Year of Graduation


Level of Access

Open Access Thesis

Embargo Period


Department or Program


First Advisor

John Fitzgerald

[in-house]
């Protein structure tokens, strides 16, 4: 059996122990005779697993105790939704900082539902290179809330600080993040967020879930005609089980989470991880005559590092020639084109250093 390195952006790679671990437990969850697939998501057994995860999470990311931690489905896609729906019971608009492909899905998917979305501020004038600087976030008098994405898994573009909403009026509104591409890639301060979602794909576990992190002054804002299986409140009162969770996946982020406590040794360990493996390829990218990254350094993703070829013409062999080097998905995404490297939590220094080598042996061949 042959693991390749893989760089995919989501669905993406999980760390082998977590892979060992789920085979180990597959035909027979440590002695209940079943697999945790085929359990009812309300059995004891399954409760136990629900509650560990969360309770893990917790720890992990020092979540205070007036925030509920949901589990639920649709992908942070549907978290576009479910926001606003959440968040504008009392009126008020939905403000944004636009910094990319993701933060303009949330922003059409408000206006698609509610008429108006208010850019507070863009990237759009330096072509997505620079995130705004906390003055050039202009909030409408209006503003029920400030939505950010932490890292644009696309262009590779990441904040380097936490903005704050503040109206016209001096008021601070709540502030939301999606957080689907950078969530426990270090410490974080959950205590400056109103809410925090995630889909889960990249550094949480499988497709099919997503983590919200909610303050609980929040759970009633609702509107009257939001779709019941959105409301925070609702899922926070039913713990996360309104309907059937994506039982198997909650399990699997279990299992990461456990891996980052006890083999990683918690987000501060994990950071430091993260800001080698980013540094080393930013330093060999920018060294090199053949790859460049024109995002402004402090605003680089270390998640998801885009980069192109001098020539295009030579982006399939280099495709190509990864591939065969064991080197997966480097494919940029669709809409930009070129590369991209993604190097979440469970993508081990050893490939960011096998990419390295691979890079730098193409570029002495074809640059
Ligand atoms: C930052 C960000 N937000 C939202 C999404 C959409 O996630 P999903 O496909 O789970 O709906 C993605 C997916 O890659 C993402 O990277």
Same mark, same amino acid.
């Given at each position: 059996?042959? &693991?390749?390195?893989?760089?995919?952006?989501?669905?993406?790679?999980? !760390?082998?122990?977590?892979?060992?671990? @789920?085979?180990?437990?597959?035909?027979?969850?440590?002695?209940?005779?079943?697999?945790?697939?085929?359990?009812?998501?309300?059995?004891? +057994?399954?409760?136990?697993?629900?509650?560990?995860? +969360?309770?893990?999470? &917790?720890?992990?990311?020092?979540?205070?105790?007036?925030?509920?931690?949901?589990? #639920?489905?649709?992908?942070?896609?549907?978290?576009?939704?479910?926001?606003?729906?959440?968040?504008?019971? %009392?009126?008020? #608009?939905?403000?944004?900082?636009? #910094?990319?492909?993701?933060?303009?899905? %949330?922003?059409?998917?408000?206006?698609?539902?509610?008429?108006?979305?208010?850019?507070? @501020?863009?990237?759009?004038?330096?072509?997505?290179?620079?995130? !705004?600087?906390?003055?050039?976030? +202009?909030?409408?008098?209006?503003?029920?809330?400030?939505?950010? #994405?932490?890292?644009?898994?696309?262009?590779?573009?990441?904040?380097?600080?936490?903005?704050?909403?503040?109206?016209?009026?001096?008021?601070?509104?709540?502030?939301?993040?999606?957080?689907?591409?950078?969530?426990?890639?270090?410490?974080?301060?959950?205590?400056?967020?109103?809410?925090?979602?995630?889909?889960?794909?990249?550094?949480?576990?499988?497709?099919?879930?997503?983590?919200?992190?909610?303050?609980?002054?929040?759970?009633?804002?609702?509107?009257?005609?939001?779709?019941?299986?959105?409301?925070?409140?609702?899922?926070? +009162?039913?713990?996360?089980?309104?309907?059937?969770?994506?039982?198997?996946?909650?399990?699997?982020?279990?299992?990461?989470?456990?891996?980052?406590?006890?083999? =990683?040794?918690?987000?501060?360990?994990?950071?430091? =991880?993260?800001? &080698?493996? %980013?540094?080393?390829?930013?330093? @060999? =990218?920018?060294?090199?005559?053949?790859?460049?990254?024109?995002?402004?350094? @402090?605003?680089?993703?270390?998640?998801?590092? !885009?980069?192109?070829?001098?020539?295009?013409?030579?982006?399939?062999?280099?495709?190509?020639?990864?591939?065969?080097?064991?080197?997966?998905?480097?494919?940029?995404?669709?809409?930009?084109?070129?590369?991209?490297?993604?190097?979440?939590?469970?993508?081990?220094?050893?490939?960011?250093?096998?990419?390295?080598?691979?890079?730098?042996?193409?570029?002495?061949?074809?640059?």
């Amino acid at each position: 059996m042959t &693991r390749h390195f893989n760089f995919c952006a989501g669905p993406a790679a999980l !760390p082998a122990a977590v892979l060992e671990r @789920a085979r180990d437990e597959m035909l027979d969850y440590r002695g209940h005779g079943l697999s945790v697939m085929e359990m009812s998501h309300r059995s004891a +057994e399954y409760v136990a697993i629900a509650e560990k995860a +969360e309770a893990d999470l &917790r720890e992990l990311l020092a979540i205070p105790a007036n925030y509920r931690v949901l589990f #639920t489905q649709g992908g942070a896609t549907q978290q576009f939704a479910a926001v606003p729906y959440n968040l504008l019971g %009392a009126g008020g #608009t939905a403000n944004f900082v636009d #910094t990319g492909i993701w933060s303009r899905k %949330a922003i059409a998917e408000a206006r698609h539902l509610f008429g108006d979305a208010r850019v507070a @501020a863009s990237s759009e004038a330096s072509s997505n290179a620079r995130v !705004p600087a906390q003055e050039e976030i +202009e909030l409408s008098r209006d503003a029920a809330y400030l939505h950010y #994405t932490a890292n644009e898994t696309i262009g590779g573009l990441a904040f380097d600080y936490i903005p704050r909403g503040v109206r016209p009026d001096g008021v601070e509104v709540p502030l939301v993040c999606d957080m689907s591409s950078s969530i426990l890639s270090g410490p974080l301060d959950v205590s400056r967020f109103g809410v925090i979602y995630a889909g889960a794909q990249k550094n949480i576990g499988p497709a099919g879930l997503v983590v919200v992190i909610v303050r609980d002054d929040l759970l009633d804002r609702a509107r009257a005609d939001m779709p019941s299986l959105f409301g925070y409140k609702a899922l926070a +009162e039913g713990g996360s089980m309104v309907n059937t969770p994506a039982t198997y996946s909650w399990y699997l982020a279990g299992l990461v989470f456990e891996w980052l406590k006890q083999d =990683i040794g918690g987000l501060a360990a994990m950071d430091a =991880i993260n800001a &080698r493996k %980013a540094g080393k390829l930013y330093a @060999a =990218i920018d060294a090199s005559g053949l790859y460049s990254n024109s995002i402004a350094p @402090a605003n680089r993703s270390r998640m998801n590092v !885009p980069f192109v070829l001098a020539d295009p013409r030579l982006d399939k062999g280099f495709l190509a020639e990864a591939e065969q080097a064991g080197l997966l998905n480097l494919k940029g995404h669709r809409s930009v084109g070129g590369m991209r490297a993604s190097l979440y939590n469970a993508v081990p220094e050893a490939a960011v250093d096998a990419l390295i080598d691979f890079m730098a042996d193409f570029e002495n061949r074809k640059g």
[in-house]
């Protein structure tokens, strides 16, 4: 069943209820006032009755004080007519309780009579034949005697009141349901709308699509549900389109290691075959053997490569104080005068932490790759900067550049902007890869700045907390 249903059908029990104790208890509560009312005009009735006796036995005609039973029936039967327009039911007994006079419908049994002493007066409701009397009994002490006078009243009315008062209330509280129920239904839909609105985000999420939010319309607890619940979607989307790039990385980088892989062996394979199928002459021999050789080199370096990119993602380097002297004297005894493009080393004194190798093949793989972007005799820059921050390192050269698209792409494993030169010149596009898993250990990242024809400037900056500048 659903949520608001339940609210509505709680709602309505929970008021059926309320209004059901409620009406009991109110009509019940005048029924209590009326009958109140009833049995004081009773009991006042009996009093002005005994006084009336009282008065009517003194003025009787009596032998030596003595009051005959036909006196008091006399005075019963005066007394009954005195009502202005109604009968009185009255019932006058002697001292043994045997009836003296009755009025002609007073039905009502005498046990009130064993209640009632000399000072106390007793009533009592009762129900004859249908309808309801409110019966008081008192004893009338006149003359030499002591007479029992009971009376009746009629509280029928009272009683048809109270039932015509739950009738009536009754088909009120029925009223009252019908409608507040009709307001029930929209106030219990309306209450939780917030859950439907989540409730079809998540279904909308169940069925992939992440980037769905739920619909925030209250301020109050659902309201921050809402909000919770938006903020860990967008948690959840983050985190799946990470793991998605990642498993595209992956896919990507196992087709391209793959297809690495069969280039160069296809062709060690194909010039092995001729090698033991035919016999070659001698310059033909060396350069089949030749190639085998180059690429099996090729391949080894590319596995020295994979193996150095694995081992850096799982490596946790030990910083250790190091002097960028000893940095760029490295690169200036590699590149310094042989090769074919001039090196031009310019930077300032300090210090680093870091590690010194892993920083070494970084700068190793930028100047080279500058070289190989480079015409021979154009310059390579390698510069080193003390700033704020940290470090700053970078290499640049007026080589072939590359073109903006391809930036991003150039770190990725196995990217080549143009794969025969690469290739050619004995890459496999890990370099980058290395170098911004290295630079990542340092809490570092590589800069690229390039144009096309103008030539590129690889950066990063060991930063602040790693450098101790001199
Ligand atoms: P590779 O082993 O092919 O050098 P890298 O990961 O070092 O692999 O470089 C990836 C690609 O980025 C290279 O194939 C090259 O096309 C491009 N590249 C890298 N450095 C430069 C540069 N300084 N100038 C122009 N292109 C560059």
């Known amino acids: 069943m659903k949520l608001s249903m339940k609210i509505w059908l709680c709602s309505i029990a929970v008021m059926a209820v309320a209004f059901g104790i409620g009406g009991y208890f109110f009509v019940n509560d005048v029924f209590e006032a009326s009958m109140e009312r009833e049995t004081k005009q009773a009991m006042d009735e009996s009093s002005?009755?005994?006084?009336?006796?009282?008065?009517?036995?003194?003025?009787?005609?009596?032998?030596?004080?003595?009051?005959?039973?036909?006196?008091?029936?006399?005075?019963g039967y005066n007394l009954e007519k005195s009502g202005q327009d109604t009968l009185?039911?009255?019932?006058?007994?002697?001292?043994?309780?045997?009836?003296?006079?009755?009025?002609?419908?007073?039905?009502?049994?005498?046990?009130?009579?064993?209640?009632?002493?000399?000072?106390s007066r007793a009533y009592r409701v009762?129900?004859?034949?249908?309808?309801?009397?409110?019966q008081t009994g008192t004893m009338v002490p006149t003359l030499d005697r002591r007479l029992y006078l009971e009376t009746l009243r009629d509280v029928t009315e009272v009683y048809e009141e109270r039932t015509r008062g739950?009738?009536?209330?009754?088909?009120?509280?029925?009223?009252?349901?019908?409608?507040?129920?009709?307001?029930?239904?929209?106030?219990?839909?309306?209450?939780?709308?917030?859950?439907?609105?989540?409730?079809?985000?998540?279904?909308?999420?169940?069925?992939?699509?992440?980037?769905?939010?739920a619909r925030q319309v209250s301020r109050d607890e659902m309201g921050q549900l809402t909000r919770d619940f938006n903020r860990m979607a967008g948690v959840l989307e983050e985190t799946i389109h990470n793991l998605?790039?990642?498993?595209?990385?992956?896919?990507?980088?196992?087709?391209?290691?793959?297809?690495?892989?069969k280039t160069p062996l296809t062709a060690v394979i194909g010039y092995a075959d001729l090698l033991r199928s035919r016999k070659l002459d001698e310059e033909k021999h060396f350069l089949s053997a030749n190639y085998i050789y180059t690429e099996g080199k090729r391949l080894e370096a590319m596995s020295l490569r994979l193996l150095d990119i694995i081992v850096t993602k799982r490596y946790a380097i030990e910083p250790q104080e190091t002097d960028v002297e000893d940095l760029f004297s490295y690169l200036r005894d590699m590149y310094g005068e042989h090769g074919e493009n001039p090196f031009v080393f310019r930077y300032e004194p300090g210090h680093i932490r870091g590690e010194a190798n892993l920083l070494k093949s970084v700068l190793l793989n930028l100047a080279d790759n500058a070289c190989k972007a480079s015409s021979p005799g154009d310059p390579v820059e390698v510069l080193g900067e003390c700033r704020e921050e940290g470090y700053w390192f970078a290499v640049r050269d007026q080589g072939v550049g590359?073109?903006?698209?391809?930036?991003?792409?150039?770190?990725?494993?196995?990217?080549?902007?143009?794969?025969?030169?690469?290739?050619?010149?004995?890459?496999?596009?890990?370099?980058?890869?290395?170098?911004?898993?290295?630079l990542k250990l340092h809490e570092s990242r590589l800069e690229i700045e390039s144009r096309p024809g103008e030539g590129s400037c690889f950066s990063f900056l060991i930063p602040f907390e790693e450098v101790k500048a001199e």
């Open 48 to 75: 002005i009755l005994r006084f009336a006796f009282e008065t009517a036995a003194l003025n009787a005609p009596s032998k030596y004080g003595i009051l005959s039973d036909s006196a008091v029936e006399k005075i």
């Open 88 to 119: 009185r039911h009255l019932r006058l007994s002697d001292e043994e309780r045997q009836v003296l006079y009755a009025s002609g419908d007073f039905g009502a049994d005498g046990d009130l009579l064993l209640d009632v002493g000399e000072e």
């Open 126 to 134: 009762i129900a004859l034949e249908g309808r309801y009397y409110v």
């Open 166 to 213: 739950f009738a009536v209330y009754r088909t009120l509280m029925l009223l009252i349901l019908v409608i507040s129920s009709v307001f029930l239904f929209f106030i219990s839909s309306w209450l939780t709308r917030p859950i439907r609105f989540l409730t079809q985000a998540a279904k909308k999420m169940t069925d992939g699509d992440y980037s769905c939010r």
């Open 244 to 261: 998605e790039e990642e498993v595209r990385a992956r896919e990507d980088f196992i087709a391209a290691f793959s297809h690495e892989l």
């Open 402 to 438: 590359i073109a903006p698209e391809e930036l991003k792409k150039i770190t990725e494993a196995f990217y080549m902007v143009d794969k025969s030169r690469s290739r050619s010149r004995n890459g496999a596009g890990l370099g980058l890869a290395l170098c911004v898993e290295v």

Do minimum wage increases serve as stepping-stones to higher-paying jobs for low-pay workers? This paper analyzes the impact of state minimum wage policy on the one-year wage growth rates of individuals across the wage distribution and whether that impact changes for individuals in highly monopsonistic industries. I review the recent literature on the disemployment effect, the impact of the minimum wage on wage growth rates, the nature of monopsonistic industries, and the relationship between the minimum wage and monopsony power. I offer theoretical reasons why the minimum wage may impact the wage growth rates of individuals in monopsonistic industries differently than it impacts those of individuals in competitive industries. I then re-estimate Lopresti’s and Mumford’s (2016) panel fixed effects model to determine how the effect of a minimum wage increase depends nonlinearly on the size of the increase. Using data from 2005-2008, Lopresti and Mumford found that small minimum wage increases have a significant negative impact on wage growth rates, while large minimum wage increases have a significant positive impact. Using data from 2016-2019, I find similar results. As my primary empirical contribution, I test whether individuals in highly monopsonistic industries experience minimum wage changes differently than individuals in more competitive industries. I find monopsony power in the form of high labor immobility primarily impacts the wage growth rates of high-pay workers and does not influence how low-pay workers experience minimum wage changes. Finally, I recommend policymakers impose larger minimum wage increases to avoid impeding the wage-growth of low-pay workers.